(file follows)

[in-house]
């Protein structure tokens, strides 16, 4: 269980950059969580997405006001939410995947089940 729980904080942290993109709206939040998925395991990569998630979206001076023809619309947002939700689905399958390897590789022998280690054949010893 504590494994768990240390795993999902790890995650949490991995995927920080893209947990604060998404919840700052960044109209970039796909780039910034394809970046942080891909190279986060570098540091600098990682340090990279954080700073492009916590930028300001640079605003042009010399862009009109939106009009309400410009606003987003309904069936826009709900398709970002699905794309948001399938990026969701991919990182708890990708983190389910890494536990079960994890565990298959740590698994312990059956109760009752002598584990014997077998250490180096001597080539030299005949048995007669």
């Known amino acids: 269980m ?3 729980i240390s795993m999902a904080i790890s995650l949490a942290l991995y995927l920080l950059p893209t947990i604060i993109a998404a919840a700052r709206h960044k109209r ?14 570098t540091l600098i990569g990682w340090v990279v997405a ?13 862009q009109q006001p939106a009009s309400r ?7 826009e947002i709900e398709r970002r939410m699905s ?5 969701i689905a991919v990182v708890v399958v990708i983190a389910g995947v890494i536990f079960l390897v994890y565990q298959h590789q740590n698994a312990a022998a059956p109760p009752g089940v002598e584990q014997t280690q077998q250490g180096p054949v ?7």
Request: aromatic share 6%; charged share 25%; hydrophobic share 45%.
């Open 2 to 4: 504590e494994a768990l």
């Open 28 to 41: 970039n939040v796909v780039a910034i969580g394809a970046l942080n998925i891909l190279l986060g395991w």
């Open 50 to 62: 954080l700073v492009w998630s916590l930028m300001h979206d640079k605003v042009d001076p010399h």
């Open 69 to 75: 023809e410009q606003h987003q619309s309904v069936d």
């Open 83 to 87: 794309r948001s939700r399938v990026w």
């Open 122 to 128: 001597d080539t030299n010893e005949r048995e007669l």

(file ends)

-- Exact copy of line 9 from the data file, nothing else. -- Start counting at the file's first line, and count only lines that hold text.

């Open 83 to 87: 794309r948001s939700r399938v990026w």